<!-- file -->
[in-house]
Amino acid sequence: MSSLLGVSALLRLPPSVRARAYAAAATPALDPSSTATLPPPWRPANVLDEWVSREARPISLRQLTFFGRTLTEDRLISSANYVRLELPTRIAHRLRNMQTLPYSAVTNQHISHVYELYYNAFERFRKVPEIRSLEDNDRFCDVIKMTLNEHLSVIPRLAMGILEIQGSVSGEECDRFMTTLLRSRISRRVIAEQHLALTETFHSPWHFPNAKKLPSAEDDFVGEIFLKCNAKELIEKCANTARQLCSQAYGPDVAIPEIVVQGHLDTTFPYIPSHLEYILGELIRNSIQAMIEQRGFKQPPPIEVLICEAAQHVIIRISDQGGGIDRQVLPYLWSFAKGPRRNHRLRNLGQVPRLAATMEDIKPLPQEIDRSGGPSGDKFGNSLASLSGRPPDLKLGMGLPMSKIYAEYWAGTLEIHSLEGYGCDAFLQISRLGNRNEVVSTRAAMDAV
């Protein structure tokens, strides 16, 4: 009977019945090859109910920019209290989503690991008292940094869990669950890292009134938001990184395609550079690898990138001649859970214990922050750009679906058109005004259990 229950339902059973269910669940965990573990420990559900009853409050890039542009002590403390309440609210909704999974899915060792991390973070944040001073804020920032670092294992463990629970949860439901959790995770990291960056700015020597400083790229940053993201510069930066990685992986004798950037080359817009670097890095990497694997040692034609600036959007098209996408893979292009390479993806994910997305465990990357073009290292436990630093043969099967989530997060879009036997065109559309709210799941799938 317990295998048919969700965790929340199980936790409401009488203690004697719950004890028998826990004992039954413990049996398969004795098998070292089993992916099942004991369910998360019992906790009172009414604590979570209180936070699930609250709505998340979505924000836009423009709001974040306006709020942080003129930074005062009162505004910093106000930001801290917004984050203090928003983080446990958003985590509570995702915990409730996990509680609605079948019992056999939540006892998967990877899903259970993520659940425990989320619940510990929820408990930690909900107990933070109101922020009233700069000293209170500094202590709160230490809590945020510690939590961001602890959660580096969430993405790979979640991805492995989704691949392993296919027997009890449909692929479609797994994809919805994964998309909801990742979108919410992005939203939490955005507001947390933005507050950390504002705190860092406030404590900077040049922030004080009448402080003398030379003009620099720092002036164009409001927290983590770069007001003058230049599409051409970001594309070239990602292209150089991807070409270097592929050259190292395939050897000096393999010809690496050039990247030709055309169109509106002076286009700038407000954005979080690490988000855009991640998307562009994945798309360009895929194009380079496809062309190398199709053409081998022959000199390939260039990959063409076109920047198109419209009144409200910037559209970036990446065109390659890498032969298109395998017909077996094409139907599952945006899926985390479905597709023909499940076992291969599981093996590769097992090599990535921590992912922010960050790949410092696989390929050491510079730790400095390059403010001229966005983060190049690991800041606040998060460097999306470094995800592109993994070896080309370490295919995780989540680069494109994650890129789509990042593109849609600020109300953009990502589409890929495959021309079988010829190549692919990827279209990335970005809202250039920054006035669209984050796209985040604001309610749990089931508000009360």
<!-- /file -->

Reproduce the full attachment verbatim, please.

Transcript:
[in-house]
Amino acid sequence: MSSLLGVSALLRLPPSVRARAYAAAATPALDPSSTATLPPPWRPANVLDEWVSREARPISLRQLTFFGRTLTEDRLISSANYVRLELPTRIAHRLRNMQTLPYSAVTNQHISHVYELYYNAFERFRKVPEIRSLEDNDRFCDVIKMTLNEHLSVIPRLAMGILEIQGSVSGEECDRFMTTLLRSRISRRVIAEQHLALTETFHSPWHFPNAKKLPSAEDDFVGEIFLKCNAKELIEKCANTARQLCSQAYGPDVAIPEIVVQGHLDTTFPYIPSHLEYILGELIRNSIQAMIEQRGFKQPPPIEVLICEAAQHVIIRISDQGGGIDRQVLPYLWSFAKGPRRNHRLRNLGQVPRLAATMEDIKPLPQEIDRSGGPSGDKFGNSLASLSGRPPDLKLGMGLPMSKIYAEYWAGTLEIHSLEGYGCDAFLQISRLGNRNEVVSTRAAMDAV
């Protein structure tokens, strides 16, 4: 009977019945090859109910920019209290989503690991008292940094869990669950890292009134938001990184395609550079690898990138001649859970214990922050750009679906058109005004259990 229950339902059973269910669940965990573990420990559900009853409050890039542009002590403390309440609210909704999974899915060792991390973070944040001073804020920032670092294992463990629970949860439901959790995770990291960056700015020597400083790229940053993201510069930066990685992986004798950037080359817009670097890095990497694997040692034609600036959007098209996408893979292009390479993806994910997305465990990357073009290292436990630093043969099967989530997060879009036997065109559309709210799941799938 317990295998048919969700965790929340199980936790409401009488203690004697719950004890028998826990004992039954413990049996398969004795098998070292089993992916099942004991369910998360019992906790009172009414604590979570209180936070699930609250709505998340979505924000836009423009709001974040306006709020942080003129930074005062009162505004910093106000930001801290917004984050203090928003983080446990958003985590509570995702915990409730996990509680609605079948019992056999939540006892998967990877899903259970993520659940425990989320619940510990929820408990930690909900107990933070109101922020009233700069000293209170500094202590709160230490809590945020510690939590961001602890959660580096969430993405790979979640991805492995989704691949392993296919027997009890449909692929479609797994994809919805994964998309909801990742979108919410992005939203939490955005507001947390933005507050950390504002705190860092406030404590900077040049922030004080009448402080003398030379003009620099720092002036164009409001927290983590770069007001003058230049599409051409970001594309070239990602292209150089991807070409270097592929050259190292395939050897000096393999010809690496050039990247030709055309169109509106002076286009700038407000954005979080690490988000855009991640998307562009994945798309360009895929194009380079496809062309190398199709053409081998022959000199390939260039990959063409076109920047198109419209009144409200910037559209970036990446065109390659890498032969298109395998017909077996094409139907599952945006899926985390479905597709023909499940076992291969599981093996590769097992090599990535921590992912922010960050790949410092696989390929050491510079730790400095390059403010001229966005983060190049690991800041606040998060460097999306470094995800592109993994070896080309370490295919995780989540680069494109994650890129789509990042593109849609600020109300953009990502589409890929495959021309079988010829190549692919990827279209990335970005809202250039920054006035669209984050796209985040604001309610749990089931508000009360």